Filipino Migrant Nurses in the United States: An Analysis of Family Adjustments and Conflicts

dc.contributor.authorJose, Roberto Siasoco
dc.creatorJose, Roberto Siasoco
dc.description.abstractThis is a qualitative study about cross cultural, as well as family conflicts that affect Filipino Nurse Migrants as they immigrate to the United States to work as nurses for different institutions. To report and document the conflict narrative of Filipino Migrant Nurses in the United States from the standpoint of the Nurses themselves. The ultimate goal of this project is to build a program of conflict prevention embedded in the recruitment of Nurses from the Philippines. 12 Migrant Families, 1 official of national organizations and 1 government official participated in the completion of this project between the dates of winter of 2004 to the summer of 2006. The narratives were heard and their personal, data audio recorded in the interviews. The interviews were then transcribed and the text analyzed. The focus of this analysis is the different conditions and experiences of the families and the specific, culture consonant ways in which a Filipino Migrant Nurse copes with a new environment. The study also concentrates on the different conditions and policies that prevail amidst shortage of nurses and the recruitment of nurses in the Philippines. Research suggests that the current recruitment process has led to worker overload amidst the nursing shortage and wage abuses as new recruits wait for their immigration documents. The study traces the historical and personal conditions that led Filipino Nurses to the choice of migration. This information is also triangulated between the different members of their partners and family members. The findings suggests that although various family conflicts are commonly experienced by migrant nurses as they move to the United States, there are very few institutions, private companies and hospitals addressing adjustment issues and related conflicts. In the midst of a nursing shortage, there are significantly more elements of migration than can be addressed by the current national security centered immigration approach. Institutional coordination and sensitivity to internal and external conditions from the different private and government agencies in both the Philippines and the United States is due. But before solutions are put forward, this study examines what adjustment issues Filipino nurses encounter as they have historically immigrated to the United States. Before any price can be put on their service, it would only be prudent to examine what price they pay in the process.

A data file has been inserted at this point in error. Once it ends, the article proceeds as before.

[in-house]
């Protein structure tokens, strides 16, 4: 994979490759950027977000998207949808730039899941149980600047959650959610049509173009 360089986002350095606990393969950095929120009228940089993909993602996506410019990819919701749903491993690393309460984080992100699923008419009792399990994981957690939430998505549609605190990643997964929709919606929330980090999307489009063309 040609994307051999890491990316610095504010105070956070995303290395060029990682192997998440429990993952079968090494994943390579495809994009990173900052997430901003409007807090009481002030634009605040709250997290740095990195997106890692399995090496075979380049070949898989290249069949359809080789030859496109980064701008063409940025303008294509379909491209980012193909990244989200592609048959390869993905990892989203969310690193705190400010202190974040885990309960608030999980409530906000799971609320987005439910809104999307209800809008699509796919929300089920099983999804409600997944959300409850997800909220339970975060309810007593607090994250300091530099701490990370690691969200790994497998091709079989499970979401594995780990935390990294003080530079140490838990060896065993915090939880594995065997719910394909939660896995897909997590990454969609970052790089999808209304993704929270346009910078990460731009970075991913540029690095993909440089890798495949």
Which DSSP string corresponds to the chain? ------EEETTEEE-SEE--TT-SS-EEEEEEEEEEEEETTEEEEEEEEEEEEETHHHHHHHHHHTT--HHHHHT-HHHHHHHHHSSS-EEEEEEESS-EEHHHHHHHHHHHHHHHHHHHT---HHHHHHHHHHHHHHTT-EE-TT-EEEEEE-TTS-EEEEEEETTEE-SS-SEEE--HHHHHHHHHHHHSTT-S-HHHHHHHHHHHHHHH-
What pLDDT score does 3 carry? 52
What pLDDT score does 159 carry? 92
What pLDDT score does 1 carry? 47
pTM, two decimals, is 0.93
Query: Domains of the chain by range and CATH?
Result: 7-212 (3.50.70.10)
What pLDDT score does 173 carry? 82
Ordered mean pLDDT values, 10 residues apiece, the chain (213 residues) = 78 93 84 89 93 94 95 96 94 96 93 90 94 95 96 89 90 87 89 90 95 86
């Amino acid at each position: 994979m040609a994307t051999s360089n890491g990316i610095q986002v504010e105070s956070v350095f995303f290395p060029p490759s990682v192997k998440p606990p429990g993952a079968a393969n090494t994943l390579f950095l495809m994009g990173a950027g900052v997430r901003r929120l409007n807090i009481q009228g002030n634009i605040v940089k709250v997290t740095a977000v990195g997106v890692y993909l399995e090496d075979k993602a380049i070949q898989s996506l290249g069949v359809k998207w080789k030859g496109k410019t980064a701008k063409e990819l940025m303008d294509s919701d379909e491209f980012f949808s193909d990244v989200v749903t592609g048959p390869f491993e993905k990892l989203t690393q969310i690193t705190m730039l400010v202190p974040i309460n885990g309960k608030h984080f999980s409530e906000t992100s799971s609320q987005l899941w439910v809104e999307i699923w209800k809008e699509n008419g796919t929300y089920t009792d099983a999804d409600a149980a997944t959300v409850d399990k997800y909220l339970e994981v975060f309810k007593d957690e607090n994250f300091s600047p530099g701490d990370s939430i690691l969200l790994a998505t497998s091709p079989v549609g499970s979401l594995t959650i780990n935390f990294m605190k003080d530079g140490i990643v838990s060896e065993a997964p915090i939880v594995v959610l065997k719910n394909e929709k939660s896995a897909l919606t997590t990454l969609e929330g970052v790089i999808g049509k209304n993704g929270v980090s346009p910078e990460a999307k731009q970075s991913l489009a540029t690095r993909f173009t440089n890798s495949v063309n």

dc.subjectNurse Family Conflicts
dc.subjectMigrant Role Behavior
dc.subjectFilipino Migrant Nurses
dc.subjectMigrant Relative Contentment
dc.subjectMigrant Adjustments
dc.subjectMigrant Relative Deprivation
dc.titleFilipino Migrant Nurses in the United States: An Analysis of Family Adjustments and Conflicts
dc.typeThesis Analysis and Resolution Mason University's of Science in Conflict Analysis and Resolution


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